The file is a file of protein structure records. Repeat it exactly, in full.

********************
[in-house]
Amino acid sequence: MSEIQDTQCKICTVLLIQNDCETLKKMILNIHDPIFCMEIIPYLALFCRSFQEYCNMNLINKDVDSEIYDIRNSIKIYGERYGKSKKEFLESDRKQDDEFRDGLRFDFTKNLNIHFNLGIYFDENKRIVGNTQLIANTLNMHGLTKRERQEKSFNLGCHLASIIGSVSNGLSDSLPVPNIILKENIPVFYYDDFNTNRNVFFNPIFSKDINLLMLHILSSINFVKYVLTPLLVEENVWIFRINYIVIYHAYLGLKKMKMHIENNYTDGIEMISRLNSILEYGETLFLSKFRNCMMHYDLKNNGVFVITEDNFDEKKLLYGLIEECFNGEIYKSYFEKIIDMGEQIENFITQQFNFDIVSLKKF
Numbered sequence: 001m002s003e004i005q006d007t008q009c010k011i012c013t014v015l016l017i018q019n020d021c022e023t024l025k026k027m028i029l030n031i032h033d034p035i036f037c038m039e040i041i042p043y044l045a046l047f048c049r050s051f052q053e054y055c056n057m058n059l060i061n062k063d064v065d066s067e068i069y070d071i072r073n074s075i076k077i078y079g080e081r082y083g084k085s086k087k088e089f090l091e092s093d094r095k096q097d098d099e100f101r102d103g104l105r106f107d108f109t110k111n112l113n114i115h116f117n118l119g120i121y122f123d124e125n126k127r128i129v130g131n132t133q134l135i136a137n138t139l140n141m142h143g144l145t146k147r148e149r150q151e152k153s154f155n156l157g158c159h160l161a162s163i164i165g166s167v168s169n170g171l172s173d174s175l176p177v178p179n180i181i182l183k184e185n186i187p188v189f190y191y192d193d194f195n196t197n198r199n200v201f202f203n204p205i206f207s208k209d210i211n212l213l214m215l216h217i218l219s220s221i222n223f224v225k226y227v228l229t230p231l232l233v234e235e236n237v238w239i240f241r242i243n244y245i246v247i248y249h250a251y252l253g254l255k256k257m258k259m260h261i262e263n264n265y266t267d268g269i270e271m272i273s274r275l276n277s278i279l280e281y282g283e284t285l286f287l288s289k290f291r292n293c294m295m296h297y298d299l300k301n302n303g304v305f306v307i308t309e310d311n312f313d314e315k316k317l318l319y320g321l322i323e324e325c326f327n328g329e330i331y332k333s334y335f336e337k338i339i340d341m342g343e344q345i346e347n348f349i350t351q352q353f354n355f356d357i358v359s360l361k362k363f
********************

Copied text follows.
[in-house]
Amino acid sequence: MSEIQDTQCKICTVLLIQNDCETLKKMILNIHDPIFCMEIIPYLALFCRSFQEYCNMNLINKDVDSEIYDIRNSIKIYGERYGKSKKEFLESDRKQDDEFRDGLRFDFTKNLNIHFNLGIYFDENKRIVGNTQLIANTLNMHGLTKRERQEKSFNLGCHLASIIGSVSNGLSDSLPVPNIILKENIPVFYYDDFNTNRNVFFNPIFSKDINLLMLHILSSINFVKYVLTPLLVEENVWIFRINYIVIYHAYLGLKKMKMHIENNYTDGIEMISRLNSILEYGETLFLSKFRNCMMHYDLKNNGVFVITEDNFDEKKLLYGLIEECFNGEIYKSYFEKIIDMGEQIENFITQQFNFDIVSLKKF
Numbered sequence: 001m002s003e004i005q006d007t008q009c010k011i012c013t014v015l016l017i018q019n020d021c022e023t024l025k026k027m028i029l030n031i032h033d034p035i036f037c038m039e040i041i042p043y044l045a046l047f048c049r050s051f052q053e054y055c056n057m058n059l060i061n062k063d064v065d066s067e068i069y070d071i072r073n074s075i076k077i078y079g080e081r082y083g084k085s086k087k088e089f090l091e092s093d094r095k096q097d098d099e100f101r102d103g104l105r106f107d108f109t110k111n112l113n114i115h116f117n118l119g120i121y122f123d124e125n126k127r128i129v130g131n132t133q134l135i136a137n138t139l140n141m142h143g144l145t146k147r148e149r150q151e152k153s154f155n156l157g158c159h160l161a162s163i164i165g166s167v168s169n170g171l172s173d174s175l176p177v178p179n180i181i182l183k184e185n186i187p188v189f190y191y192d193d194f195n196t197n198r199n200v201f202f203n204p205i206f207s208k209d210i211n212l213l214m215l216h217i218l219s220s221i222n223f224v225k226y227v228l229t230p231l232l233v234e235e236n237v238w239i240f241r242i243n244y245i246v247i248y249h250a251y252l253g254l255k256k257m258k259m260h261i262e263n264n265y266t267d268g269i270e271m272i273s274r275l276n277s278i279l280e281y282g283e284t285l286f287l288s289k290f291r292n293c294m295m296h297y298d299l300k301n302n303g304v305f306v307i308t309e310d311n312f313d314e315k316k317l318l319y320g321l322i323e324e325c326f327n328g329e330i331y332k333s334y335f336e337k338i339i340d341m342g343e344q345i346e347n348f349i350t351q352q353f354n355f356d357i358v359s360l361k362k363f